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1969 Mach 1 Restoration

Discussion in 'Member's Build Threads' started by GPR, Aug 16, 2014.

  1. I make oil

    I make oil Active Member

    No disrespect was intended. I'm sure the man does excellent work. I never questioned that. By the name on those boxes and the amount of work required from the pictures that car will basically be a Dynacorn Mustang. Most of the parts I bought for mine where Dynacorn. I understand they are some of the best body parts around for classic mustangs. The ones I have installed on my car fit well. I'm sure the Dynacorn body is of similar quality I can't say as I have no first hand experience. What I want to know as kb3 said is, ''how far do you go to save the original car.'' Is it a question of money? Sentimental value? At what point is the car no longer ''the car''? This is a serious question to a professional restorer and a fourm of Mustang Aficionados like myself. The number of posts next to my user ID nothing to do with the question.
     
    Last edited: Aug 21, 2014
  2. Grabber70Mach

    Grabber70Mach Well-Known Member

    I think you have some excellent points and questions. I can't really answer them though. I can say that it would all be subjective to the individual cases. I had the opportunity to purchase my first car several years ago, but it was too far gone and my pockets weren't deep enough to purchase at asking price and have funds for all the needed work, bad thing is a friend was the one selling it he got it in a multicar deal. If I could of it would be sitting in my shop now, but I'm too much of realist. One I have now needs plenty and I hope one day to give it the attention it deserves, it was a gift from my wife.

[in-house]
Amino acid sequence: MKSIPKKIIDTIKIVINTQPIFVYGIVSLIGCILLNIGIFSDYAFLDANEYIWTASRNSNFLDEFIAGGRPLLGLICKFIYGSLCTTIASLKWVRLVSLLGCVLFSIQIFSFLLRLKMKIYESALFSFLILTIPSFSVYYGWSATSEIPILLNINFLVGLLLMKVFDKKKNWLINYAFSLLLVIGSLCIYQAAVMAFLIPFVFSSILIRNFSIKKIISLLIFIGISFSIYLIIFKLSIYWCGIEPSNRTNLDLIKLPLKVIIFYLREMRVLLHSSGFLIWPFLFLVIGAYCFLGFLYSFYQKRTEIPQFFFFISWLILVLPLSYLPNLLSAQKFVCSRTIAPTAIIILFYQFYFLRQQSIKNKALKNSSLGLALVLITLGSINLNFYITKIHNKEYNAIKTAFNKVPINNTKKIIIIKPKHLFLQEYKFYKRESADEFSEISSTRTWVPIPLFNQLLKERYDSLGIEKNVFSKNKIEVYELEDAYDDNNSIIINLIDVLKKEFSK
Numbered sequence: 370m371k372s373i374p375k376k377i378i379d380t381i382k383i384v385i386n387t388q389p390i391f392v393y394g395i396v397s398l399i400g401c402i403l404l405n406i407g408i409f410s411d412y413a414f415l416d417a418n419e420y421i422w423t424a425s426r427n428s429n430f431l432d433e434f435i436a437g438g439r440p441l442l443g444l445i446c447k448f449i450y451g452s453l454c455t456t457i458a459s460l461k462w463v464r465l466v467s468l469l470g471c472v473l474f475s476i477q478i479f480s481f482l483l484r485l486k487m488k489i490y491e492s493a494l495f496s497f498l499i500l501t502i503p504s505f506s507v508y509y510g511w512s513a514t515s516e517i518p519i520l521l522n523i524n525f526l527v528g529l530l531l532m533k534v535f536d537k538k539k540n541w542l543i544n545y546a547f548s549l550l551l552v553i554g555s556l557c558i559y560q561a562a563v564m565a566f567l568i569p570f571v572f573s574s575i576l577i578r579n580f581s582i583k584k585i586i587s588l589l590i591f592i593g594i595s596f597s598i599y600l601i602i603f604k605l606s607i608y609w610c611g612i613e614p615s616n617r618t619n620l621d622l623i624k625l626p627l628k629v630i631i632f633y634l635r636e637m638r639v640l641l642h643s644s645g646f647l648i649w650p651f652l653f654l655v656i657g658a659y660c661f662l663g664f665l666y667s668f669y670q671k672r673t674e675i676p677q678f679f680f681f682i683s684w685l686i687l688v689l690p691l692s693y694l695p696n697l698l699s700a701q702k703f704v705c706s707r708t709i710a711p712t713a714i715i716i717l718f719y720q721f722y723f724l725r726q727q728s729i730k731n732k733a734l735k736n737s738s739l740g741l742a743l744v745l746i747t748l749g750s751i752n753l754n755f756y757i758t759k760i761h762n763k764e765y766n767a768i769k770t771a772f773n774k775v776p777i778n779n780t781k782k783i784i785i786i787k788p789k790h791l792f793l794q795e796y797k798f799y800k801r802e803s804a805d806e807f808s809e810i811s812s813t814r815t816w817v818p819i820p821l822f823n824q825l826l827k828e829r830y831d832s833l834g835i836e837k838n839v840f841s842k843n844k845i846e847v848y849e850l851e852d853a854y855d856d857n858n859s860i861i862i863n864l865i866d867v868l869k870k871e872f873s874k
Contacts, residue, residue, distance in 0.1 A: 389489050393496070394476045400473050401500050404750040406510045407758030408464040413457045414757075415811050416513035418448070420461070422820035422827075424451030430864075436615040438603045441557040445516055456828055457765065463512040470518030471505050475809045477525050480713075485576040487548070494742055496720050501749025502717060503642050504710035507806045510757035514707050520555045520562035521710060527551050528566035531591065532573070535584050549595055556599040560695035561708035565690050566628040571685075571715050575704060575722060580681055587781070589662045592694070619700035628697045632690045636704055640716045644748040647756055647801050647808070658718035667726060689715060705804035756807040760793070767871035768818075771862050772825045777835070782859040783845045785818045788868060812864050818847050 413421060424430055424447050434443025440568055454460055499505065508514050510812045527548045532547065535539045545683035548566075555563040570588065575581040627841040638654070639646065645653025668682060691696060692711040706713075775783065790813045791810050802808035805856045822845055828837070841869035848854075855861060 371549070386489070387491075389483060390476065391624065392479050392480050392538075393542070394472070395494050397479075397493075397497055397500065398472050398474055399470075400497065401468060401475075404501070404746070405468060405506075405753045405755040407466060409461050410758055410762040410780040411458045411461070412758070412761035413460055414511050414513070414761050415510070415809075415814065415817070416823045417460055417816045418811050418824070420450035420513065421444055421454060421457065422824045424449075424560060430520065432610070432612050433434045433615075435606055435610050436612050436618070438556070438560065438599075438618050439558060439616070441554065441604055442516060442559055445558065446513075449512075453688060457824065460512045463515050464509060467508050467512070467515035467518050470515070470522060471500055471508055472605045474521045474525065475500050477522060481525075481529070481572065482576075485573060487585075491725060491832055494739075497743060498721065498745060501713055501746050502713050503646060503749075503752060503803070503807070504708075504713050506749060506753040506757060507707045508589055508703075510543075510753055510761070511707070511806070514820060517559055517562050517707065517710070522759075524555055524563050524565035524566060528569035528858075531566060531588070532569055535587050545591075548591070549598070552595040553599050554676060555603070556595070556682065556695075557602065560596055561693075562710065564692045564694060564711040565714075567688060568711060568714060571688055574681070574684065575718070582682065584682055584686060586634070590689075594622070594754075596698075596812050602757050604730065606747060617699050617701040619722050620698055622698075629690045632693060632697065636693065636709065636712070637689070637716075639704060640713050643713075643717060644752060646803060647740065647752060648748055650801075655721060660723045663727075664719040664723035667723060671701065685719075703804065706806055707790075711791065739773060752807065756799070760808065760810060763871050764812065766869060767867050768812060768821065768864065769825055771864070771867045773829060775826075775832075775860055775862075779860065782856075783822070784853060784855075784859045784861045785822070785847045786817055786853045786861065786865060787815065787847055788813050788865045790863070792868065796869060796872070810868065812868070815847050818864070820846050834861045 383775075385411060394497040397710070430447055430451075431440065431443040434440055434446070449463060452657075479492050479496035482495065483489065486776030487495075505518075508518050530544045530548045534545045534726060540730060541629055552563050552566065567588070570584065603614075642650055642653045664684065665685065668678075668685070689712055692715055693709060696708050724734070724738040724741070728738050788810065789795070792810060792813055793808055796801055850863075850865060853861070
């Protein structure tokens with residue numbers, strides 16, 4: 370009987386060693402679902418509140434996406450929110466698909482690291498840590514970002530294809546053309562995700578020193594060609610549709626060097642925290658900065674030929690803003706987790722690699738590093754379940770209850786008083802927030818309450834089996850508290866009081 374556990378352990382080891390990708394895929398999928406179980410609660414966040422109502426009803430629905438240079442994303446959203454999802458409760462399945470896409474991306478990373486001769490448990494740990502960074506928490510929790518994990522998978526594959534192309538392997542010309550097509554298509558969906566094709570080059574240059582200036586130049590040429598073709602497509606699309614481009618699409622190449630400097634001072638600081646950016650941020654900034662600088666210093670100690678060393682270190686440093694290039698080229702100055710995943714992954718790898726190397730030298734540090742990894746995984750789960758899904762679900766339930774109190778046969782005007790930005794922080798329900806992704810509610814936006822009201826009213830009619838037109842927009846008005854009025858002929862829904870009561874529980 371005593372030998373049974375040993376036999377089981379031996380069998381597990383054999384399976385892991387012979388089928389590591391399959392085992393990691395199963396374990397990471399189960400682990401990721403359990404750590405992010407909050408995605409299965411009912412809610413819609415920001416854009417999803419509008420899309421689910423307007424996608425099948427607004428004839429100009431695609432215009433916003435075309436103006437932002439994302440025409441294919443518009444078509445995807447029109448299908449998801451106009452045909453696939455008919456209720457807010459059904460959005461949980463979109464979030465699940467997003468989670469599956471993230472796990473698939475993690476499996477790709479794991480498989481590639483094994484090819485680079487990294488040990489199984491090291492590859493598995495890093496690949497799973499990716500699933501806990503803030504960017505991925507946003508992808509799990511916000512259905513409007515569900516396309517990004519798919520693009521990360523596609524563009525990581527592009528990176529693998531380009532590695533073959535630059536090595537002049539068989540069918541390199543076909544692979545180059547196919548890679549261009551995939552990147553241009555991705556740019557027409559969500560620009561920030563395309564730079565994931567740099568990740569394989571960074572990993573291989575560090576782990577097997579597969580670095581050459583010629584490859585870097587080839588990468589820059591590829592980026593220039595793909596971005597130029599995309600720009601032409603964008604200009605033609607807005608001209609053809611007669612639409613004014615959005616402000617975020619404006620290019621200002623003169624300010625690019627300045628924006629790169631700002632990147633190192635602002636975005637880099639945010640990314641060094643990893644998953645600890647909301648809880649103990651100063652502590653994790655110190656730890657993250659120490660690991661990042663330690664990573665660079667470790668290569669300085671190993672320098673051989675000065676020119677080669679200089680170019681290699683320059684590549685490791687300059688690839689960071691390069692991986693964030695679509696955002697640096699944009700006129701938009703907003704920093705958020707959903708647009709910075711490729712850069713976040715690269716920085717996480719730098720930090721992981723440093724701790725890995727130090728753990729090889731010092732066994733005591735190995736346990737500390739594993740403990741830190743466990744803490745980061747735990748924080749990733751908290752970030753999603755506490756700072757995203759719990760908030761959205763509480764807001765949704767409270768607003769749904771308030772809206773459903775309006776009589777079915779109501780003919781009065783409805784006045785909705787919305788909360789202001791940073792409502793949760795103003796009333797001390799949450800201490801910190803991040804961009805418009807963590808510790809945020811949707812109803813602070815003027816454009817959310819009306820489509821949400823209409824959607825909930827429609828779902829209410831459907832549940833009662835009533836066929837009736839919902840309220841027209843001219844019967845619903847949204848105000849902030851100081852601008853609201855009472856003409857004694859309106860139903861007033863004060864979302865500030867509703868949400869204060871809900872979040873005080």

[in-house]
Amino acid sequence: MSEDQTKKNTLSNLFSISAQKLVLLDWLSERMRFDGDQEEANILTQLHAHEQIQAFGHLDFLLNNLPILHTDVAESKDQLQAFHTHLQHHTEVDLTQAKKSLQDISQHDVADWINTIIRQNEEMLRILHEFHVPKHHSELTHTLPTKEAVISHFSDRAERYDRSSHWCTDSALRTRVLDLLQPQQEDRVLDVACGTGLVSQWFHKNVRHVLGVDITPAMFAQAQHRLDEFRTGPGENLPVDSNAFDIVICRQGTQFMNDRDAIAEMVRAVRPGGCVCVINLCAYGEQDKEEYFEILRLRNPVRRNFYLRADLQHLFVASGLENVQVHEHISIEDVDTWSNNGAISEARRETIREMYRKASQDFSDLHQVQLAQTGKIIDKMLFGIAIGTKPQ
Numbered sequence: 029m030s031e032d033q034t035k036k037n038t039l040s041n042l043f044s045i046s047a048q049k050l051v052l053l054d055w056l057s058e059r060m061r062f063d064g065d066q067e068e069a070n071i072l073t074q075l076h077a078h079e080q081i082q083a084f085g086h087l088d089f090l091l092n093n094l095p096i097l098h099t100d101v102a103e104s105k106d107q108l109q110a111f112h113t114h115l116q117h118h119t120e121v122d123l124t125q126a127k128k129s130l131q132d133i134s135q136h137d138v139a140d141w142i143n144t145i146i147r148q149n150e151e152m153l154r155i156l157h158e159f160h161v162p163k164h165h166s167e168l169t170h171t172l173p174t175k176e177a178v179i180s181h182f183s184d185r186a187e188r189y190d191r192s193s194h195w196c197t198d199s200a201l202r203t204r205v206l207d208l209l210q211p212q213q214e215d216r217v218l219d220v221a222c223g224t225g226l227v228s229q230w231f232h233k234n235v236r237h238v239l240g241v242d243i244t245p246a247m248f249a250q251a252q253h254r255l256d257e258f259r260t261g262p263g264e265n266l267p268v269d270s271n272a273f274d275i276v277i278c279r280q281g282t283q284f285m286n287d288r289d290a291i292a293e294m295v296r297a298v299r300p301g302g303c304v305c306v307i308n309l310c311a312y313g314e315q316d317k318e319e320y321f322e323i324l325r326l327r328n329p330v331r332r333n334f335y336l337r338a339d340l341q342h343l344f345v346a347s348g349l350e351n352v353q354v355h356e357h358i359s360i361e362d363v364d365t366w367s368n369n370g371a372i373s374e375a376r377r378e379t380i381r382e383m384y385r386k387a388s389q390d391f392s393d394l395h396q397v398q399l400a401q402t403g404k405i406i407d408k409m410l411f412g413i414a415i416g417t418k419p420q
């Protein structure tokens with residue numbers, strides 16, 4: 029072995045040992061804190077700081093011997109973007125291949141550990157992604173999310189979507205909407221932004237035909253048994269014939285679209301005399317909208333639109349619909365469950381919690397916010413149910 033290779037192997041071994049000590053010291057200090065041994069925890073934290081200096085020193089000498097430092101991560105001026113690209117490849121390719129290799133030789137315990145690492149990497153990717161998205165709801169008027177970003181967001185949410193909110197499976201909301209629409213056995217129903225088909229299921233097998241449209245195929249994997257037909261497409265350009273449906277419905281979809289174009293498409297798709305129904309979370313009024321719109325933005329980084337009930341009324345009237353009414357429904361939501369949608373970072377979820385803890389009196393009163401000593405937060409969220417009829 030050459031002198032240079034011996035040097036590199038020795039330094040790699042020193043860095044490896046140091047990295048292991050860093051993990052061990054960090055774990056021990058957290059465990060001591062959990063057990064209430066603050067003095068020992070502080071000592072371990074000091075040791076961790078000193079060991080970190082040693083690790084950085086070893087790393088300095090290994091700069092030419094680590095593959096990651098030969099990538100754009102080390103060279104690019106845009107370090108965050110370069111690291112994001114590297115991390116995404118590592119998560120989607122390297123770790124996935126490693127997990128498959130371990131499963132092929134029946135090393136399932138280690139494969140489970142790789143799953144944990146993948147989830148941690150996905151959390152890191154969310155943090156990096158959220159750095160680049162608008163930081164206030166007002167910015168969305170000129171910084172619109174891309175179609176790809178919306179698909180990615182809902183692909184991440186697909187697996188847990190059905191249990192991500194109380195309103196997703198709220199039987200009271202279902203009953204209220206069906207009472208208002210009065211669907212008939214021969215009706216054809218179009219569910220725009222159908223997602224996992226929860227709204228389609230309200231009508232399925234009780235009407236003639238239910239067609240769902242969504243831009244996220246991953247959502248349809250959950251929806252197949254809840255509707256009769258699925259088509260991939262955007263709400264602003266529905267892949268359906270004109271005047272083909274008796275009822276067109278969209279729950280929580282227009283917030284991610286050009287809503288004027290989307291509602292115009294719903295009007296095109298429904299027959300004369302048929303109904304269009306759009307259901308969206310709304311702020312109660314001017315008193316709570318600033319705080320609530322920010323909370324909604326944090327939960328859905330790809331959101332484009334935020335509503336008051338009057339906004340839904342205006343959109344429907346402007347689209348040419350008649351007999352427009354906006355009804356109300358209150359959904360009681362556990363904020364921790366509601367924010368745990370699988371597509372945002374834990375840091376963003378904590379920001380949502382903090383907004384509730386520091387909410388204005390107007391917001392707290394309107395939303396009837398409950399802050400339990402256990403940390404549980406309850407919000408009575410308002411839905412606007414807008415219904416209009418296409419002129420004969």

From infinity and beyond
     
    I make oil likes this.
  3. GPR

    GPR Active Member

    We are in the middle of building a 1967 Dynacorn body for another customer and I hope they have improved their bodies that cost $15,500 when he bought it but are now $17,500. The right door that came with the car we could not use it the fit was so bad. The only parts that fit were the deck lid and rear valance that was tack welded in place and had bare metal behind it. To get the gaps right the doors and hood had to be cut and welded back together. The rear frame rails were welded 1/2" closer together then stock. The brackets for the interior trim panels were in the wrong place. It was not ecoated but sprayed with a primer that flaked off in places. These are just a few of the problems but I must say it is very nice to be working on clean almost rust free parts.
     
  4. GPR

    GPR Active Member

    Epoxy primed